Editor's Note

Stephanie Stroud 

This month, America turned 239. It’s a short number of years compared to some countries, but America is not like other countries. We do not have ancient temples, and we do not have the golden pyramids, nor crumbling relics of monarchies long past.  Our country is new and still finding its voice. Heck, we make a lot of mistakes. But, while there are pubs in England that are older than our nation, we have something incredible that our global neighbors do not have.  We have beautiful, provocative and wild landscapes: the deep, echoing Grand Canyon, the awe-inspiring Yosemite, fierce flowing rivers, mighty volcanoes, serene mountain passes, forests of fiery fall color and fields of whispering grasses of purple and gold. These are our national treasures, and we adore them.

This past weekend, to celebrate our nation’s independence, I went to the Olympic Peninsula. The mist from the sea surrounded us as we walked on giant logs, and swam in the mighty waves, engulfed by their salty foam and the strands of seaweed that they whisked along. At night we gazed into our warm, crackling fire and smelt the dewy cedar trees. It made me think—staring into glowing flames, breathing in the ocean air, and pressing your toes into crispy fallen leaves are not things we have learned to love; these things are primal. These experiences satisfy our most basic human desires. That means anyone can find satisfaction in nature. I can’t think of any person that cannot find peace in places like the Olympic Peninsula. It is this peace that naturalist and environmental hero John Muir refers to as necessity, as home: “Thousands of tired, nerve-shaken, over-civilized people are beginning to find out that going to the mountains is going home; that wildness is a necessity.” Like the scent of your childhood house, or seeing loved ones after a long time of separation, nature restores this balance and calm in our lives.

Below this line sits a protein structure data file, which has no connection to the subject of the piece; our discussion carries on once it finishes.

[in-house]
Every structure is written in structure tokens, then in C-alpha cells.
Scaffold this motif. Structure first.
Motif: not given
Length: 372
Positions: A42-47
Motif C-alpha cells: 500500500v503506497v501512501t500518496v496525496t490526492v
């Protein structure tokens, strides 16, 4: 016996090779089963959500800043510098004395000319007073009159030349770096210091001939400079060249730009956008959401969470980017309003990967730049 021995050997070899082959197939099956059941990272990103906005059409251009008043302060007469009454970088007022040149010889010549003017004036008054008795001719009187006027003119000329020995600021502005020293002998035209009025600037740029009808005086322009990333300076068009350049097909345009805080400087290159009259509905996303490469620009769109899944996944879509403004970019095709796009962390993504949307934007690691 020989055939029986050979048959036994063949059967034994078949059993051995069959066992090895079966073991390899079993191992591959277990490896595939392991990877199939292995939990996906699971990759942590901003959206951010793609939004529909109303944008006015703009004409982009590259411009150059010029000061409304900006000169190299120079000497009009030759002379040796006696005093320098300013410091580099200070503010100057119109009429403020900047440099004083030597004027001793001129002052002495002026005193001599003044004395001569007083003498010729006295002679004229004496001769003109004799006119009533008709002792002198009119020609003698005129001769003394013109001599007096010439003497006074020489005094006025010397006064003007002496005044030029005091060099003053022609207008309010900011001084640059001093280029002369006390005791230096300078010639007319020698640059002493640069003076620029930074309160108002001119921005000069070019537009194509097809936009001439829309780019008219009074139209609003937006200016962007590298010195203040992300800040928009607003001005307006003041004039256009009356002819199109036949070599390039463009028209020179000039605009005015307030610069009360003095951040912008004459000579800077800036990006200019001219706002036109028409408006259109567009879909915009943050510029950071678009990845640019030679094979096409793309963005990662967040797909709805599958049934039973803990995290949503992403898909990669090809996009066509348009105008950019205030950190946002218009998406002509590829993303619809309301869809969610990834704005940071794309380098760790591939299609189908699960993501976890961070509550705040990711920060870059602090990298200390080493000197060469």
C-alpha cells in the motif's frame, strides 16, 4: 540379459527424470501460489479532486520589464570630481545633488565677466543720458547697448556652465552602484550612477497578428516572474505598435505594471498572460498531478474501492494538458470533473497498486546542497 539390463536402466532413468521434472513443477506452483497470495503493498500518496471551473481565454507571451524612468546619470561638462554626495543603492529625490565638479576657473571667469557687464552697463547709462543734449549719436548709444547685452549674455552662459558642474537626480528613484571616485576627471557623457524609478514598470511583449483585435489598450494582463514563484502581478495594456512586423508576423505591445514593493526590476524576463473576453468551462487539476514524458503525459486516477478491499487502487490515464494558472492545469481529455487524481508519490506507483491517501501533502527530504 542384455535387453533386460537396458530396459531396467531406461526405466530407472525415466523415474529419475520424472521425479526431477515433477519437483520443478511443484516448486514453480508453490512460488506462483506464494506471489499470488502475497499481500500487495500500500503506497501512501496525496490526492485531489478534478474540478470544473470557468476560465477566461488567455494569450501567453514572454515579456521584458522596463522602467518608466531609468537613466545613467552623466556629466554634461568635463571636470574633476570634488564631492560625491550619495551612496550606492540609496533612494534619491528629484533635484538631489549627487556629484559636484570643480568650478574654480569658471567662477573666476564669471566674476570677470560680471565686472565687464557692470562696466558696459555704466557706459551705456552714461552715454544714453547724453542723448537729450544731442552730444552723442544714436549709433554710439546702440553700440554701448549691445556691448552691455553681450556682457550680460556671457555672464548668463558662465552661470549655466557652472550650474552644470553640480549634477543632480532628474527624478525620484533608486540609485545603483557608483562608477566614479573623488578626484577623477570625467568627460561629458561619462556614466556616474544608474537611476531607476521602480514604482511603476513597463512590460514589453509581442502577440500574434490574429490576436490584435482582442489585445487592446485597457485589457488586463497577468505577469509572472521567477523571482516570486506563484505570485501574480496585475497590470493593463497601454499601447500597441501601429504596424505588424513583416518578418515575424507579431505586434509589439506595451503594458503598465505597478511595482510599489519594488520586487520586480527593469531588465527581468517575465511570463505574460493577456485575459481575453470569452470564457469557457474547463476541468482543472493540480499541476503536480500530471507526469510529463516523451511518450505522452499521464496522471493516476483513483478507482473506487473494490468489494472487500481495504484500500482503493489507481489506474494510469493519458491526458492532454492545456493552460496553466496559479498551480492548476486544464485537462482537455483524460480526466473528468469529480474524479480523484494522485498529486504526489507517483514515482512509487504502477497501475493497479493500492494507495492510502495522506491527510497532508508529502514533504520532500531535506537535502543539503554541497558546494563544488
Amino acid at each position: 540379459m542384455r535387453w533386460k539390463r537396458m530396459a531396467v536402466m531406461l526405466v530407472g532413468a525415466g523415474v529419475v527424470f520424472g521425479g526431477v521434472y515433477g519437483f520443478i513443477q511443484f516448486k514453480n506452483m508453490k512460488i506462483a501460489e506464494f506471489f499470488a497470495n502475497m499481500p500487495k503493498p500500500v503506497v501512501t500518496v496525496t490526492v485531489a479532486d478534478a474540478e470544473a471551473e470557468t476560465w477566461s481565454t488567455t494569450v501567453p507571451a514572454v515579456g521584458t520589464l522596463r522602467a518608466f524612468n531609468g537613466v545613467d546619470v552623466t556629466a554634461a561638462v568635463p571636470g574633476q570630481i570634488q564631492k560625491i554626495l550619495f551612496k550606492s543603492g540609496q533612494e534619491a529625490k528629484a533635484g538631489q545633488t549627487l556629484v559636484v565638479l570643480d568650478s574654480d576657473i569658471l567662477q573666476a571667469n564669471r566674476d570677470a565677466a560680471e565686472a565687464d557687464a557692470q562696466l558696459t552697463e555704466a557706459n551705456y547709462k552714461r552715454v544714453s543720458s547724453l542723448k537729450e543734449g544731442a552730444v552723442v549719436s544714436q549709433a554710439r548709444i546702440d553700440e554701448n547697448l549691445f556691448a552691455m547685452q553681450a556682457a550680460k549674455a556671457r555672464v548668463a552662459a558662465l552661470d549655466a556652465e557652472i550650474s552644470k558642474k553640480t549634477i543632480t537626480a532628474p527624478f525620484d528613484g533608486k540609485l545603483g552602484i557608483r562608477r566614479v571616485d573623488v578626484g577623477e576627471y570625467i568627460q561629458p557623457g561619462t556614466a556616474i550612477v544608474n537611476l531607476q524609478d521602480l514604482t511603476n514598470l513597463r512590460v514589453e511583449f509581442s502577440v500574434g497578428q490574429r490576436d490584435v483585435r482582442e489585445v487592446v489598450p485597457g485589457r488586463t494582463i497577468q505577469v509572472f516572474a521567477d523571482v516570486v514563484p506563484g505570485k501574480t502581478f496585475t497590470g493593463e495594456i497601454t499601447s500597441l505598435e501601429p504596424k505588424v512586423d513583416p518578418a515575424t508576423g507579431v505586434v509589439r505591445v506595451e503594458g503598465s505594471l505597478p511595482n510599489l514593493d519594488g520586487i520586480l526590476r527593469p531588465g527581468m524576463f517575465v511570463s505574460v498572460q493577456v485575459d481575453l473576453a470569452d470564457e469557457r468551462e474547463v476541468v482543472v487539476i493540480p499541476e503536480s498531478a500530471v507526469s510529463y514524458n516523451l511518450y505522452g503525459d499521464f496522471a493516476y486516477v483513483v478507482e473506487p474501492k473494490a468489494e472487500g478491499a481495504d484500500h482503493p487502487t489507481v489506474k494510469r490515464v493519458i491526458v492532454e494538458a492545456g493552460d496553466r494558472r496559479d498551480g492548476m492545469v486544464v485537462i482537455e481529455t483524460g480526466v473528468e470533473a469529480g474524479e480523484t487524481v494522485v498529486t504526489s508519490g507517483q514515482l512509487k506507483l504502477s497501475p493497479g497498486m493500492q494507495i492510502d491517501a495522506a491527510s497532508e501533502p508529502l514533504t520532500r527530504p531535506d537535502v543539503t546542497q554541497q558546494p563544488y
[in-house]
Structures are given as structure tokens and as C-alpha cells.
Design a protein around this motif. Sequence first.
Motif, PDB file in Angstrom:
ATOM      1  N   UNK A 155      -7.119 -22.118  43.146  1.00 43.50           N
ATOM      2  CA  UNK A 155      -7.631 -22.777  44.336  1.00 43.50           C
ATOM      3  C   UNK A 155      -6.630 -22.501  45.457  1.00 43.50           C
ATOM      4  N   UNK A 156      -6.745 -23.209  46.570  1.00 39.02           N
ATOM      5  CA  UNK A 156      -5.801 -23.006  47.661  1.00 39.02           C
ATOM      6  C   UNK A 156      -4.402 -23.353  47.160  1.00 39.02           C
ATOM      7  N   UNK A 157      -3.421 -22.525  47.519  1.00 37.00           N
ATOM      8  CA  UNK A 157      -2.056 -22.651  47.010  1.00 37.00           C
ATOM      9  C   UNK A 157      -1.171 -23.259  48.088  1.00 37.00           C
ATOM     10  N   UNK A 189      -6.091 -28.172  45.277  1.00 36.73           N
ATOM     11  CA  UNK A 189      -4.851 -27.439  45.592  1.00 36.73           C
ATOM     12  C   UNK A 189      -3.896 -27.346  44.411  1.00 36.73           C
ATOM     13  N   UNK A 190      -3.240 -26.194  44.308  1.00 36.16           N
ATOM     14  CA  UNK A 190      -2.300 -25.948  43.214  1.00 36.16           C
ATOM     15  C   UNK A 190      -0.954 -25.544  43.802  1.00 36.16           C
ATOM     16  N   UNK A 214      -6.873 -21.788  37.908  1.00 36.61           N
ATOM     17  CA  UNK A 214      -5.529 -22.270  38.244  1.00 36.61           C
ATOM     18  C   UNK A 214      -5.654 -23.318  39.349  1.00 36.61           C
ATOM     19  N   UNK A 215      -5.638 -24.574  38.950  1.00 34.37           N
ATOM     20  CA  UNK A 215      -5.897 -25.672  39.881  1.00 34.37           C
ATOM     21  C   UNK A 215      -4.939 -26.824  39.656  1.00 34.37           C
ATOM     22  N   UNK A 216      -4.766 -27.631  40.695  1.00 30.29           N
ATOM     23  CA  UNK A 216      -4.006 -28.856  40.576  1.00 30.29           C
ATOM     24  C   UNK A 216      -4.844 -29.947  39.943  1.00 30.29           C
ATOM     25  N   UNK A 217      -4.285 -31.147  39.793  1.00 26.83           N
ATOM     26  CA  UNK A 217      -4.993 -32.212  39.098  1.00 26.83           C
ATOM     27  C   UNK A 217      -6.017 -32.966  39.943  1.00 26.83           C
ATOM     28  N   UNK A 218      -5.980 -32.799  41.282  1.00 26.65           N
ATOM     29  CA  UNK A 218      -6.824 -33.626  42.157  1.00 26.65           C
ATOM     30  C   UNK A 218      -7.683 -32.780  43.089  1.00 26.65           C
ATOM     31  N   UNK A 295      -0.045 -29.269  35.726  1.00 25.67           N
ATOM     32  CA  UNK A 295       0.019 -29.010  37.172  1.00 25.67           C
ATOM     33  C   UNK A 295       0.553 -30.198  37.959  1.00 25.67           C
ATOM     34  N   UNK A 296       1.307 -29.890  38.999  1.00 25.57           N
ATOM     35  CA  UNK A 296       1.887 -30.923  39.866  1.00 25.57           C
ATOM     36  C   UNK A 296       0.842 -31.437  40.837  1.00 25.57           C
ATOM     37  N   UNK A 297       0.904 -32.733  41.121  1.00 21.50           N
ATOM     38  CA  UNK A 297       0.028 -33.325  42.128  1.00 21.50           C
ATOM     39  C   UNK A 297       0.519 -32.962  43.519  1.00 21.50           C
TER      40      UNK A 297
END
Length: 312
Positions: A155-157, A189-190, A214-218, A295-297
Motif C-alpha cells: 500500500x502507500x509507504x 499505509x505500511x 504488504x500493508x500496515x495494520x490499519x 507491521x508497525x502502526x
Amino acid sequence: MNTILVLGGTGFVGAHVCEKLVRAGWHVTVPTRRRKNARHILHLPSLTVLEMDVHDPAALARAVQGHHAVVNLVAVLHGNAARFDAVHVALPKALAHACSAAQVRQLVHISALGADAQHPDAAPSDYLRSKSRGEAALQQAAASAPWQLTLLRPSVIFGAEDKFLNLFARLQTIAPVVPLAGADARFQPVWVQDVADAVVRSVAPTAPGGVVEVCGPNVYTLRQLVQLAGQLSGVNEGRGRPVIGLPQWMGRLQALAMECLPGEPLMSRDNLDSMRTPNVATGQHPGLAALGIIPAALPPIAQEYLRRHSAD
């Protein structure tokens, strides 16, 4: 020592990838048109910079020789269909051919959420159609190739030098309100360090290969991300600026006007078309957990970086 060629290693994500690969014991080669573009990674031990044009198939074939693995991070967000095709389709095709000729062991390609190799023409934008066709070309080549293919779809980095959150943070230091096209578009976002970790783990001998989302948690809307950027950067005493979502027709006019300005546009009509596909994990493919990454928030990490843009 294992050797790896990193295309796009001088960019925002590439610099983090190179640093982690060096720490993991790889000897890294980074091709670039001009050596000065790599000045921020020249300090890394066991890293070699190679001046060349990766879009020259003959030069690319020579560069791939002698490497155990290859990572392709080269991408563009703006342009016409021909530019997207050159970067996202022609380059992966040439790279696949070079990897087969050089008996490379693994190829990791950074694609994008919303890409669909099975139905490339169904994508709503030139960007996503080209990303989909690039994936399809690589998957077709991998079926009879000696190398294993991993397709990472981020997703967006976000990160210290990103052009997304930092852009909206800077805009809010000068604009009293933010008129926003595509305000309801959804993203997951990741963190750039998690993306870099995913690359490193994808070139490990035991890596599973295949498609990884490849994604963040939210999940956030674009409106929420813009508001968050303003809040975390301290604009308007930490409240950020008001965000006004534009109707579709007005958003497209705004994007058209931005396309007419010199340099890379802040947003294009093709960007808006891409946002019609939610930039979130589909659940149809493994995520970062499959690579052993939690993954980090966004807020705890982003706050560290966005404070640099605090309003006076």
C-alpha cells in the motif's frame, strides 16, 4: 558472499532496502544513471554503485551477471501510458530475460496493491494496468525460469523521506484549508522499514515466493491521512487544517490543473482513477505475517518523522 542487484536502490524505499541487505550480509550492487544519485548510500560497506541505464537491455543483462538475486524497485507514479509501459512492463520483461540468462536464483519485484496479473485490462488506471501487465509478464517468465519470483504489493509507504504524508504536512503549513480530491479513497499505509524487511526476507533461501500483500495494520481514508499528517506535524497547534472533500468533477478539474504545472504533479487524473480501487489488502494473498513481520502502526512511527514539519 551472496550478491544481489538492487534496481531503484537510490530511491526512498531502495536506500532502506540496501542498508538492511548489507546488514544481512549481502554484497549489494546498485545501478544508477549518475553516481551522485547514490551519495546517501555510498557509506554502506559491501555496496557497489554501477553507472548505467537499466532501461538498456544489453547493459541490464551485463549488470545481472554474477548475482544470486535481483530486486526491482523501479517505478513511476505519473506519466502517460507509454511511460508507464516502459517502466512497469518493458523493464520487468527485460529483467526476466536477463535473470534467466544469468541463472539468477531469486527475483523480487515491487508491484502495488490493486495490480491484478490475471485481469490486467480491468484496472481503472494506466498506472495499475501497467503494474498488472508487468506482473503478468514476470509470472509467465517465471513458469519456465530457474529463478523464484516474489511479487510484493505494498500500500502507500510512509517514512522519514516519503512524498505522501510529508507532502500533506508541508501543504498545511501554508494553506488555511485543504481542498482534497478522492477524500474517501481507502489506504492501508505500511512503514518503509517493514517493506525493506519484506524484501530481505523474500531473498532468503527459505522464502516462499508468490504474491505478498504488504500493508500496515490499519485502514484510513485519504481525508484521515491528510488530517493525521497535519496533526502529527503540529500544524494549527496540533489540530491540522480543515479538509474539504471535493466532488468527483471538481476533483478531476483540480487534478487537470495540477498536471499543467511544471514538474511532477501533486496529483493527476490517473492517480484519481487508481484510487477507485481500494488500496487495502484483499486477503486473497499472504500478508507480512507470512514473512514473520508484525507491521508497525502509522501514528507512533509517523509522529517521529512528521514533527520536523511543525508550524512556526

Landscape architects are constantly tinkering and experimenting with exterior spaces to recreate this feeling of home. We try to incorporate home into the urban fabric by adding a pocket park with grasses and flowers that attract bugs. Bugs are home. Grasses and dirt are home.  How do you bring home to spaces under a highway? To a strip mall? To a parking spot on PARK(ing) Day? These are enormous challenges, but ones that are exciting and filled with opportunity. Our job is to bring people home, even when they are seemingly far away from it.

I hope that you are able to find rest and relaxation in summer’s dreaminess, and that you are able to find the comfort, and the feeling of home, in nature’s bounty.

Until next month,


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